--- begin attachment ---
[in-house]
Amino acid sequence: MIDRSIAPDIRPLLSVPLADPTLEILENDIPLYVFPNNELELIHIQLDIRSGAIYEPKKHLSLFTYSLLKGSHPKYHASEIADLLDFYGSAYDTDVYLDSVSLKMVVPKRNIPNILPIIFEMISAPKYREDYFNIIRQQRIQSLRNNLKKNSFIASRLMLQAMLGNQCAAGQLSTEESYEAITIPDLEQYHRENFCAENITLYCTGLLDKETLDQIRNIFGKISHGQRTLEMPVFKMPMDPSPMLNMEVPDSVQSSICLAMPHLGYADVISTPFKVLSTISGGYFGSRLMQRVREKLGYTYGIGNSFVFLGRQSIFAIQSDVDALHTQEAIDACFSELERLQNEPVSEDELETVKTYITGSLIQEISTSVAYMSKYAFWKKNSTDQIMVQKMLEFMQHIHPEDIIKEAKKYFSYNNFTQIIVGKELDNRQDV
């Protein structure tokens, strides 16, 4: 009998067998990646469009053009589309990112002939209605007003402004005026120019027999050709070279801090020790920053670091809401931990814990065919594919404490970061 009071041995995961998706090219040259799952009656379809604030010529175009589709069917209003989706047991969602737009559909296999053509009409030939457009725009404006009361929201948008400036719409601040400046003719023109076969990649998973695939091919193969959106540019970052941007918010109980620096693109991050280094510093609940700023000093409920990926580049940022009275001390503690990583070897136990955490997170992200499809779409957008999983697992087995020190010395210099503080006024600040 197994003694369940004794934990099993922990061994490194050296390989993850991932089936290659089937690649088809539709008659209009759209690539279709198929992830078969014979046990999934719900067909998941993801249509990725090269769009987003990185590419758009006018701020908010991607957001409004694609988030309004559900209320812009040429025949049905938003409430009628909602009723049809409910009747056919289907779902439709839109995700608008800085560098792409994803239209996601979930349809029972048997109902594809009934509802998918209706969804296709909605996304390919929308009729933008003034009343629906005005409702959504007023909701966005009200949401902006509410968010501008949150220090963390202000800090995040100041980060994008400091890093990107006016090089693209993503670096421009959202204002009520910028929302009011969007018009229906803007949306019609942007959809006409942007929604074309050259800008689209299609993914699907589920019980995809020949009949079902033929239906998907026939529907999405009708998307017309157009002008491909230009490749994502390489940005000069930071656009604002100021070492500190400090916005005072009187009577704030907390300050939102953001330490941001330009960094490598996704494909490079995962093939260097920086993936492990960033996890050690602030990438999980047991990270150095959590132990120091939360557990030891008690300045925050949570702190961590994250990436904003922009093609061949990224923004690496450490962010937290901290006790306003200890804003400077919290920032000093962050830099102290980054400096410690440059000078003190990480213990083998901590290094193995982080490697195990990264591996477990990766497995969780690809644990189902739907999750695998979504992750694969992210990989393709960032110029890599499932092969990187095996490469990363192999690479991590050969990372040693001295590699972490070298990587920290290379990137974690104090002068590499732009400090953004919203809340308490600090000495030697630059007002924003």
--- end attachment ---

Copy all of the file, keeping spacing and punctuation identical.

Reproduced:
[in-house]
Amino acid sequence: MIDRSIAPDIRPLLSVPLADPTLEILENDIPLYVFPNNELELIHIQLDIRSGAIYEPKKHLSLFTYSLLKGSHPKYHASEIADLLDFYGSAYDTDVYLDSVSLKMVVPKRNIPNILPIIFEMISAPKYREDYFNIIRQQRIQSLRNNLKKNSFIASRLMLQAMLGNQCAAGQLSTEESYEAITIPDLEQYHRENFCAENITLYCTGLLDKETLDQIRNIFGKISHGQRTLEMPVFKMPMDPSPMLNMEVPDSVQSSICLAMPHLGYADVISTPFKVLSTISGGYFGSRLMQRVREKLGYTYGIGNSFVFLGRQSIFAIQSDVDALHTQEAIDACFSELERLQNEPVSEDELETVKTYITGSLIQEISTSVAYMSKYAFWKKNSTDQIMVQKMLEFMQHIHPEDIIKEAKKYFSYNNFTQIIVGKELDNRQDV
């Protein structure tokens, strides 16, 4: 009998067998990646469009053009589309990112002939209605007003402004005026120019027999050709070279801090020790920053670091809401931990814990065919594919404490970061 009071041995995961998706090219040259799952009656379809604030010529175009589709069917209003989706047991969602737009559909296999053509009409030939457009725009404006009361929201948008400036719409601040400046003719023109076969990649998973695939091919193969959106540019970052941007918010109980620096693109991050280094510093609940700023000093409920990926580049940022009275001390503690990583070897136990955490997170992200499809779409957008999983697992087995020190010395210099503080006024600040 197994003694369940004794934990099993922990061994490194050296390989993850991932089936290659089937690649088809539709008659209009759209690539279709198929992830078969014979046990999934719900067909998941993801249509990725090269769009987003990185590419758009006018701020908010991607957001409004694609988030309004559900209320812009040429025949049905938003409430009628909602009723049809409910009747056919289907779902439709839109995700608008800085560098792409994803239209996601979930349809029972048997109902594809009934509802998918209706969804296709909605996304390919929308009729933008003034009343629906005005409702959504007023909701966005009200949401902006509410968010501008949150220090963390202000800090995040100041980060994008400091890093990107006016090089693209993503670096421009959202204002009520910028929302009011969007018009229906803007949306019609942007959809006409942007929604074309050259800008689209299609993914699907589920019980995809020949009949079902033929239906998907026939529907999405009708998307017309157009002008491909230009490749994502390489940005000069930071656009604002100021070492500190400090916005005072009187009577704030907390300050939102953001330490941001330009960094490598996704494909490079995962093939260097920086993936492990960033996890050690602030990438999980047991990270150095959590132990120091939360557990030891008690300045925050949570702190961590994250990436904003922009093609061949990224923004690496450490962010937290901290006790306003200890804003400077919290920032000093962050830099102290980054400096410690440059000078003190990480213990083998901590290094193995982080490697195990990264591996477990990766497995969780690809644990189902739907999750695998979504992750694969992210990989393709960032110029890599499932092969990187095996490469990363192999690479991590050969990372040693001295590699972490070298990587920290290379990137974690104090002068590499732009400090953004919203809340308490600090000495030697630059007002924003």